Hailee Steinfeld's Unused Hawkeye Costume Revealed (Photo)

By Pamela Gores Updated:
Hawkeye, Kate Bishop

Marvel Studios wrapped up its 2021 streaming run with Disney+'s Hawkeye, a series centered around Jeremy Renner's titular, original Avenger alongside newcomer archer Kate Bishop, played by Hailee Steinfeld. The six-episode-long show not only set up Steinfeld for the long run as the MCU's next resident archer but also added fuel to the canonicity fire by introducing Vincent D'Onofrio's Kingpin from Netflix's Daredevil into the fold.

Hawkeye was heavily inspired by the 2012 comic run of the same name, headed by writer Matt Fraction. Visuals and tidbits from the comics, from the title and end sequences to the inclusion of Lucky the Pizza Dog, were incorporated into the series.

When it came to how the show's characters made their way from the page to the screen, it was Steinfeld's Kate Bishop that arguably took the spotlight. A Young Avenger in her own right, setting her up for success was crucial—including staging her with the perfect, introductory attire.

Now, a visual creator at Marvel Studios shared how the process of designing Kate Bishop for television began.

Kate Bishop: From the Page to the Screen

Marvel Studios' Director of Visual Development and well-known concept artist Andy Park shared his initial, early design of Hailee Steinfeld's Kate Bishop in Disney+'s Hawkeye. Park was the original lead for Hawkeye's visual development team before the reins were handed over to Rodney Fuentebella.

In the tweet, Park mentioned that the design is "an EARLY concept design I did of what @HaileeSteinfeld could look like as #KateBishop:"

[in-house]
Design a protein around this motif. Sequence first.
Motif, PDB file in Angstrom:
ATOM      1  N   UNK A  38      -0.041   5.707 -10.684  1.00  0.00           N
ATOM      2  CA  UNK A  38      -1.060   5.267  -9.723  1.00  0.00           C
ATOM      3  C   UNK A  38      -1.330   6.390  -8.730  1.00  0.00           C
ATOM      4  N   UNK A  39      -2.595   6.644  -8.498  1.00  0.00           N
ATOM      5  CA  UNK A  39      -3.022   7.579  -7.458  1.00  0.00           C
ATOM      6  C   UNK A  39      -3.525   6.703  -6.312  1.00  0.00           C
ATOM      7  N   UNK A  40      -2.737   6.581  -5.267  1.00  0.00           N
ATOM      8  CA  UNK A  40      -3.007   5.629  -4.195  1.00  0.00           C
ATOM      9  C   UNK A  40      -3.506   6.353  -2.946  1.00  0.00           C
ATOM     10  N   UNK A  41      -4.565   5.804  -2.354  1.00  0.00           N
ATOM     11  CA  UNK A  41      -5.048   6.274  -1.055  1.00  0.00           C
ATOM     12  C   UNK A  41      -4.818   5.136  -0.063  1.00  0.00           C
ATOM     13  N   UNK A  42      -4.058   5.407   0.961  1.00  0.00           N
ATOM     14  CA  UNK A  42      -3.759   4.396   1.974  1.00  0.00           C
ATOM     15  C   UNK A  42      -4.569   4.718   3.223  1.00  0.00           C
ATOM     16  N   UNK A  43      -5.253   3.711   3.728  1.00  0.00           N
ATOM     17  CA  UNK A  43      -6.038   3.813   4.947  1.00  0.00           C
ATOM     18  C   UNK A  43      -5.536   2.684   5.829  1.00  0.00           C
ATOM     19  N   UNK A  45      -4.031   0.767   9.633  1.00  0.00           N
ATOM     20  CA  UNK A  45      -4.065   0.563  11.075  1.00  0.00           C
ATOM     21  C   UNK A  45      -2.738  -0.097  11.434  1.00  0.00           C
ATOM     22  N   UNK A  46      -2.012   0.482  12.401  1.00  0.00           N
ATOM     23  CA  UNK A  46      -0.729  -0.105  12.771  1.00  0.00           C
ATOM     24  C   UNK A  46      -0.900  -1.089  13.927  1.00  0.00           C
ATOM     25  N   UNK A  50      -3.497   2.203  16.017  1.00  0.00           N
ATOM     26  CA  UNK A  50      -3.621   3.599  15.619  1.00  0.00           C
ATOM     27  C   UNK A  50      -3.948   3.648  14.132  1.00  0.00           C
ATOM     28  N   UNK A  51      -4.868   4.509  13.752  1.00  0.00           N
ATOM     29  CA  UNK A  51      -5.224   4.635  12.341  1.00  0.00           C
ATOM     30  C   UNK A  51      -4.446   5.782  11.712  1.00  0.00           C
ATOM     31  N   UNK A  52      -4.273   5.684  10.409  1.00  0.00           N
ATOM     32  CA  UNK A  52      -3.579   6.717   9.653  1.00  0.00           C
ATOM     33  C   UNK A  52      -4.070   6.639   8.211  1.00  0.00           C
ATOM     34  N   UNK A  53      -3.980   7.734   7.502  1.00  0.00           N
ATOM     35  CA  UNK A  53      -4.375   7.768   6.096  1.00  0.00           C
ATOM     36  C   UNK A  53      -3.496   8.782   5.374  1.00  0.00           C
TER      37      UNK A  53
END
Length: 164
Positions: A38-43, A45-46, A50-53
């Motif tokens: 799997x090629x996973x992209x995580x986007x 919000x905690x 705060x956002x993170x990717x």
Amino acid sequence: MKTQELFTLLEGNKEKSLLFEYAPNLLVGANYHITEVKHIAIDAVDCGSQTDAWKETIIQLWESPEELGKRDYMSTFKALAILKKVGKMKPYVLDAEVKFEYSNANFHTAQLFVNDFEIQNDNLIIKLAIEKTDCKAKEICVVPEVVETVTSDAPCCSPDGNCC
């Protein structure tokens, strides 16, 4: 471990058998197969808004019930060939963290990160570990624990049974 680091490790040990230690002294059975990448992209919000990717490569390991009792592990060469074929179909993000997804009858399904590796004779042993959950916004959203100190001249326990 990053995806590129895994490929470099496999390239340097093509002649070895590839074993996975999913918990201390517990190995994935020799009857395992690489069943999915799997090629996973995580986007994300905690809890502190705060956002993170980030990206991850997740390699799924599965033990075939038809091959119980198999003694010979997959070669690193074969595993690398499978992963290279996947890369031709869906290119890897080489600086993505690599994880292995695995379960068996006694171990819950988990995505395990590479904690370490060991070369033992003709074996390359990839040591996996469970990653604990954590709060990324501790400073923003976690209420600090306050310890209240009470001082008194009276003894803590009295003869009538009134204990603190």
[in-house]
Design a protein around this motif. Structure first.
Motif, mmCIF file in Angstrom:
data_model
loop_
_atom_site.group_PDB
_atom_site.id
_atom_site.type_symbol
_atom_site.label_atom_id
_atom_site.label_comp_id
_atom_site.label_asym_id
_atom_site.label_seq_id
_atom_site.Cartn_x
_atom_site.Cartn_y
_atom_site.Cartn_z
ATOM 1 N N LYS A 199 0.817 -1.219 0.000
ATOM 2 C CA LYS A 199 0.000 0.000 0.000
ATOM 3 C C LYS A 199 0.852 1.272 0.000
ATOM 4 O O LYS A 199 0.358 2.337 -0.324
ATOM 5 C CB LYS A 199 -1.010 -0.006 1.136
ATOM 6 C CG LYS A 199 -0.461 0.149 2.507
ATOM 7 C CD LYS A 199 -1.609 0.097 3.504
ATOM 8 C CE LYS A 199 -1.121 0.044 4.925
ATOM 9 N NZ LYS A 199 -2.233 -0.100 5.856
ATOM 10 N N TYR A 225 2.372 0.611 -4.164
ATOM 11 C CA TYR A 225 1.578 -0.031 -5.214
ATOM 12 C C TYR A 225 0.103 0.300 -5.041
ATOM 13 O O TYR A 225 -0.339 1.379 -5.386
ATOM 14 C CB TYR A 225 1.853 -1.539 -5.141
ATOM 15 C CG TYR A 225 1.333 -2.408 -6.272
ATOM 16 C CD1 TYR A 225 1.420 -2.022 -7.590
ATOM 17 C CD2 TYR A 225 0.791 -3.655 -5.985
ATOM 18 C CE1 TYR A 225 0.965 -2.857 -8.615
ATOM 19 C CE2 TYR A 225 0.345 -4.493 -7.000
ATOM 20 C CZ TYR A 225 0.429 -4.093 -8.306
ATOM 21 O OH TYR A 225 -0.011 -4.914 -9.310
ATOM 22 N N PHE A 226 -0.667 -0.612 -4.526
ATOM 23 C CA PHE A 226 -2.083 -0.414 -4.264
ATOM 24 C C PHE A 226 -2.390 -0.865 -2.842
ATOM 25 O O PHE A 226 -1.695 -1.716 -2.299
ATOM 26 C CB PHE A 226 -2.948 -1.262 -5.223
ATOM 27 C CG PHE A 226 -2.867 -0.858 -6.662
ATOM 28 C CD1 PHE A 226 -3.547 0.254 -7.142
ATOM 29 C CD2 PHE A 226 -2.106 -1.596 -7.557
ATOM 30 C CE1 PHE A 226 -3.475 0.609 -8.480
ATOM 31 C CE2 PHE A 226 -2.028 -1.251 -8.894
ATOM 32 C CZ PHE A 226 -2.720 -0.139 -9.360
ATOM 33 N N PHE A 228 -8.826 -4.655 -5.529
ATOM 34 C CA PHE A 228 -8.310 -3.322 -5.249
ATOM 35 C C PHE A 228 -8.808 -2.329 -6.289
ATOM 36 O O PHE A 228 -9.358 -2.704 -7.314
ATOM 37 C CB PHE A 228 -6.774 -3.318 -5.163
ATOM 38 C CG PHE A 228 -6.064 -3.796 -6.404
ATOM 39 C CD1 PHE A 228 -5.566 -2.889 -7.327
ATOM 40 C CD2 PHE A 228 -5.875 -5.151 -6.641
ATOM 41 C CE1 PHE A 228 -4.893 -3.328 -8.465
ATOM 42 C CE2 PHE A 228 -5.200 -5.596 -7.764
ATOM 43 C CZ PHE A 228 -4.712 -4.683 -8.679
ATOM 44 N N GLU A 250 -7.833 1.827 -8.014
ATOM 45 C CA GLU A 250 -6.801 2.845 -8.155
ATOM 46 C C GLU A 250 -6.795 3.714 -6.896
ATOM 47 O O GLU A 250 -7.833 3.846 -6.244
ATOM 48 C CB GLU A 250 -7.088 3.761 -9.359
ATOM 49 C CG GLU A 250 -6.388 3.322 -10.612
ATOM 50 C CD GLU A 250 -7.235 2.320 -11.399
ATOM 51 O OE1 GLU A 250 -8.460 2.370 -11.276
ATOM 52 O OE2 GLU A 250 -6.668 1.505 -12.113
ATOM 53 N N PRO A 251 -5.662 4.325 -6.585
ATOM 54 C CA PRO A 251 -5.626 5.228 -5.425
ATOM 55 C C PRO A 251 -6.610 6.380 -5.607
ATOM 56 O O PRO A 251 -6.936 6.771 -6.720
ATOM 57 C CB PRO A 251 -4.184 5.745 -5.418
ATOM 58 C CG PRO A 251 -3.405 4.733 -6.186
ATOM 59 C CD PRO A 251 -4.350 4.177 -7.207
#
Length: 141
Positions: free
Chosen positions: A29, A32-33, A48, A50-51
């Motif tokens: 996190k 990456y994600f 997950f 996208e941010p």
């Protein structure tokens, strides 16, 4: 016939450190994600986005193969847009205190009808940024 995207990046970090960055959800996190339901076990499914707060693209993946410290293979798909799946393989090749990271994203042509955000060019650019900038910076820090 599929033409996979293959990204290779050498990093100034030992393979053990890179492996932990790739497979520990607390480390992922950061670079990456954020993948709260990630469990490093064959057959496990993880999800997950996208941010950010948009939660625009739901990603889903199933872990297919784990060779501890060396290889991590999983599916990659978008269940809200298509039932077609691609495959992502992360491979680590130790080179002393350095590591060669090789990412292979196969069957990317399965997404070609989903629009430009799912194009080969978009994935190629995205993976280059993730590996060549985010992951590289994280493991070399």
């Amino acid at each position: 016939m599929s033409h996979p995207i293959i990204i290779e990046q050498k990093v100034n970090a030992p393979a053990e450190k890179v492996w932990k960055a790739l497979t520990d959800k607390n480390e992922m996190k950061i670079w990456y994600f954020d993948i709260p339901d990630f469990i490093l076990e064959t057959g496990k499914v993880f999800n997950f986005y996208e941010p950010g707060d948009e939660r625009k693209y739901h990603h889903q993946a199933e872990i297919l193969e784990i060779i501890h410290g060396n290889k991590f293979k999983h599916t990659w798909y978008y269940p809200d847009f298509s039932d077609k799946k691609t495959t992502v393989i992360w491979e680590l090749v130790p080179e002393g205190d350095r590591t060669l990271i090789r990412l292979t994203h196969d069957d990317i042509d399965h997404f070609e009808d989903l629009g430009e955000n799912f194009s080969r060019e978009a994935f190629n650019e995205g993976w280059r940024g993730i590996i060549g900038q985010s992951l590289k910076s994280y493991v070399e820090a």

"An EARLY concept design I did of what @HaileeSteinfeld could look like as #KateBishop way back when I was leading our Vis Dev team on #Hawkeye. Eventually @rodneyimages took over as a new Vis Dev Supervisor & designed her final awesome look! Loved working on this show!"

Park's design closely mimics Bishop's appearance from Marvel Comics, with the Steinfeld touch to wrap it all up:

Hawkeye, Kate Bishop, concept art
Marvel Studios

Most notably, the concept art features exposed shoulders and a black-glove-turned-arm-sleeve that appear to be taken and inspired from the comics:

Kate Bishop, Marvel Comics
Marvel Comics

The final design that debuted during the series finale of Hawkeye showed Bishop in a more covered-up, tactical version of the archer's suit:

Hailee Steinfeld, Hawkeye, suit, Kate Bishop
Marvel Studios

Bringing Hailee Steinfeld to Life in the MCU

From the beginning, Hailee Steinfeld was always a popular choice to bring Kate Bishop to life on-screen in fan-castings alike. When the time came for Marvel Studios to actually put her in front of a camera, its precedence to her costume shone through.

During the finale, Steinfeld appeared to move skillfully and comfortably in the suit, showing off the threads that the show's LARP'ers gifted to her and Clint Barton. Compared to Park's initial design, covering up the shoulders might have been a smart move considering the show's final battle took place on an ice-skating rink.

And though Park didn't have the final say when it came to designing Bishop, it's clear that his original ideas were kept throughout the process, as Steinfeld's final suit doesn't differ too drastically from his concept art.

Park himself has had a hand in designing some of the MCU's most iconic costumes and outfits to date, including Elizabeth Olsen's final Scarlet Witch design in Disney+'s WandaVision.

As Phase 4 of the MCU chugs along, fans and viewers will surely be eagerly waiting to see how new and known characters are brought to life before their eyes.

All episodes of Hawkeye are streaming now on Disney+.

- About The Author: Pamela Gores
Pamela Gores is the Managing Editor of Copy and a writer at The Direct, where she's held these roles for over three years. A diehard MCU fan since 2012's The Avengers, she harbors an extensive appreciation for all things relating to Natasha Romanoff. Pamela serves as the main point of contact for all matters relating to editing and publishing at The Direct, maintains the staff's Writing and Publishing Guide, and helps implement all the latest copy rules, whether in-house or according to AP Style.